First, a leader must possess the ability to reflect on their communication preferences. The communication preferences of their leaders influence organizational teams. Therefore, when the leader reflects on their communication preferences and monitors the traits that teams pick can guide their understanding of the barriers which limit communication and collaborative interactions. Leaders need to create a balance between the time reserved for the management and that reserved for employees during plenary sessions. This balance must reflect in the time provided for every employee who has something to share.
Secondly, leaders need to establish and communicate the norms that guide meetings. Having an engagement policy which limits interruption and promotes giving everyone a chance to voice their concerns, opinions or ideas can be a good starting point. Turn-taking possesses the most significant potential for meaningful engagements. The other useful method for leaders is to provide note cards so that the more talkative employees can instead jot down their ideas and pass them across. Thirdly, another strategy to bring about inclusivity is to reserve a chance for the quitter team members to share their opinions. While such members may not survive in an environment which promotes aggressiveness, inviting them to contribute makes them feel like part of the team (Ryan, 2016).
A fundamental element of inclusive leaders is their propensity to initiate and support environments which offer all employees the opportunity to uniformly advance their skills, develop their leadership capacities, and to grow individually and as part of a team. This level of independence and coexistence is achievable when the leader supports the employee's growth process (Ferdman, Avigdor, Braun, Konkin, & Kuzmycz, 2010). Leaders can use three strategies to foster employee growth. First, leaders need to focus on the process and not on the individual. Leaders must avoid vague feedbacks. Instead, they need to focus their feedback on employee behavior, methods, and tactics, which are standard features on which the employees get evaluated.
Secondly, the leader has to learn to address failures and mistakes openly. By involving everyone in addressing mistakes, the leader develops the understanding of a mistake as a breakdown in the system which connects everyone. Lastly, the leader needs to distribute time across all teams. The leader must avoid bias when distributing responsibilities but focus on employee skill level and competence, factors of which hiring is based.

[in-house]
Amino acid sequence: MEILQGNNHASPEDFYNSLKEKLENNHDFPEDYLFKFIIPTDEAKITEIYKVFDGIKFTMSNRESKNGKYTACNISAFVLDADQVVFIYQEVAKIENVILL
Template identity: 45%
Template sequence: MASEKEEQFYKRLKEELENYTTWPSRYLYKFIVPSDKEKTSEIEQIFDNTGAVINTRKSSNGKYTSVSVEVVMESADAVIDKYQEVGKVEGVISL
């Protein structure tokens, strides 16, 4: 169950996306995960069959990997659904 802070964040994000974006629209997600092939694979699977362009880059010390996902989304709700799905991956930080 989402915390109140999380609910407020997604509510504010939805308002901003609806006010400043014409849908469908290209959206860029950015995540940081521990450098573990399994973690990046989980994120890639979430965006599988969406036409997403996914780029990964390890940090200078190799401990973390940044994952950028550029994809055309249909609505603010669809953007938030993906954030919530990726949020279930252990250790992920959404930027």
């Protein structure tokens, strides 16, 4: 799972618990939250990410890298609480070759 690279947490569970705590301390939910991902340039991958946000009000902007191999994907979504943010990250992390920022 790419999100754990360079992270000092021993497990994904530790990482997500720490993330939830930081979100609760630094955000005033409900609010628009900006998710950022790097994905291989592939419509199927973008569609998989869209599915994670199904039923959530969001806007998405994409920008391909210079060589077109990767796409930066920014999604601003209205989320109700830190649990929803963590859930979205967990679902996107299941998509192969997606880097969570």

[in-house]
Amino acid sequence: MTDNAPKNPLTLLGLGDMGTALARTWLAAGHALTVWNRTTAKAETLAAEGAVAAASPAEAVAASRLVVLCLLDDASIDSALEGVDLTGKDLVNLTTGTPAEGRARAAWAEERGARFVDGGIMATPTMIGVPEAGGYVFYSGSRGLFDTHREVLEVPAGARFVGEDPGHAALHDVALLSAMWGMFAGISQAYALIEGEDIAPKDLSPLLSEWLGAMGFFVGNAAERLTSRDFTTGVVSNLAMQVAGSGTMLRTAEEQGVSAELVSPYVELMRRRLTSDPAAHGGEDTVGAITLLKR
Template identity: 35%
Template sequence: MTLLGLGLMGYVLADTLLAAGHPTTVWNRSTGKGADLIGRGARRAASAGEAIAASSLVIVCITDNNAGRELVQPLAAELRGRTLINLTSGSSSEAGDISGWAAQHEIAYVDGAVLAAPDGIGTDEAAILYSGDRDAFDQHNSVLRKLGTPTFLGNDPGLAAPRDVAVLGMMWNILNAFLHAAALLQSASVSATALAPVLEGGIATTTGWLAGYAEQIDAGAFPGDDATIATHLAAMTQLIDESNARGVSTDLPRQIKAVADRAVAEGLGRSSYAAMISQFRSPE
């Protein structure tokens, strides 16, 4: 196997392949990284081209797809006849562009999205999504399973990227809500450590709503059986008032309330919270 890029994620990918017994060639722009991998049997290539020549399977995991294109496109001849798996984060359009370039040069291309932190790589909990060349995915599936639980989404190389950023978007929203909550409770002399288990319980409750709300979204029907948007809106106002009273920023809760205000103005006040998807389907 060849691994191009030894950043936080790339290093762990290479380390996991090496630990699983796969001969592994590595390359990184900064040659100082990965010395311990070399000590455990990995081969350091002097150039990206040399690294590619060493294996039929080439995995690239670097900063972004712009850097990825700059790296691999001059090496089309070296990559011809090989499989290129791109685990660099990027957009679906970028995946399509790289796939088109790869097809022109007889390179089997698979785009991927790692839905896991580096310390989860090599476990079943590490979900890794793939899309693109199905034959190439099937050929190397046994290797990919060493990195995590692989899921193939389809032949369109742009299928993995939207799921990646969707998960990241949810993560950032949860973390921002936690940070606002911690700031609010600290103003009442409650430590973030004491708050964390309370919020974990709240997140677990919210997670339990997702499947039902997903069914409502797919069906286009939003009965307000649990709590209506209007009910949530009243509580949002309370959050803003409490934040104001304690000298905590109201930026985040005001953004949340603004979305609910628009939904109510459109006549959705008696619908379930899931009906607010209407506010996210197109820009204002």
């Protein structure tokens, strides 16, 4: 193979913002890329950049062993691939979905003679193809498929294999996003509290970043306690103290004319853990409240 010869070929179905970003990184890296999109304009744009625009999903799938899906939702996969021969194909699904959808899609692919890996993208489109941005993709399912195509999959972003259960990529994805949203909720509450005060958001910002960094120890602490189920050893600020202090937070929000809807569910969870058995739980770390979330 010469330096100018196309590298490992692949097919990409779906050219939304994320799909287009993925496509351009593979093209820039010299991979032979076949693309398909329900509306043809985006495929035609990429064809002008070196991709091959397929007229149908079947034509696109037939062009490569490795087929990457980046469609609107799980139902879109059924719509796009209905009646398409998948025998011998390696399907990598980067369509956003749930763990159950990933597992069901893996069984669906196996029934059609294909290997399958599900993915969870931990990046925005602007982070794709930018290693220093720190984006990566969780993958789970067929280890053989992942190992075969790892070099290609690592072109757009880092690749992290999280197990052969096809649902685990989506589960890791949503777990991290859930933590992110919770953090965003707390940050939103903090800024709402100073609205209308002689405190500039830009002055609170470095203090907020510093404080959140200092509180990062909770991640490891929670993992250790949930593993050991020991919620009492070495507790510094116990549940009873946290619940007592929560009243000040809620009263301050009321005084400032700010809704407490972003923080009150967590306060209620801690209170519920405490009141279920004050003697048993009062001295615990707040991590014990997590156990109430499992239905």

Inclusion and diversity characterize modern high-functioning organizations. Diversity and inclusion in organizational operations are characterized by innovativeness, an abundance of ideas and growth in environments characterized by systemic disparities. In the traditional context, diversity is perceived in the context of gender, ethnicity, sexuality, and several other attributes that are inherent among employees. However, within organizational setups, it can be acquired by bringing together individuals from different backgrounds and offering them the same opportunities to explore their potential. Inclusive leadership promotes an organizational culture that fosters respect, empowerment, and equality in participation. Employees in such organizations possess behavioral, cognitive identity, and affective differences. Despite this, however, they find a level playing field which allows them to work together for a personal, team and organizational growth.
Leaders achieve inclusivity and promote diversity when they adopt approaches that promote a shared purpose. The leader needs to determine to assign a one-to-one relationship between employees and their competencies. This way, the employee feels appreciated, and the system optimizes their potential. Inclusive leadership also involves the creation of an environment which is favorable for transparent communication (Ryan, 2016). This approach extends to feedback. The leader must be perceived to favor consistency in fairness and equality in their choice of decisions. As such, inclusive leadership will be achievable when the decision-making process is involving and promotes accountability through documentation.
In conclusion, an inclusive leader possesses at least six traits; curiosity, cognizance, courage, cultural intelligenc...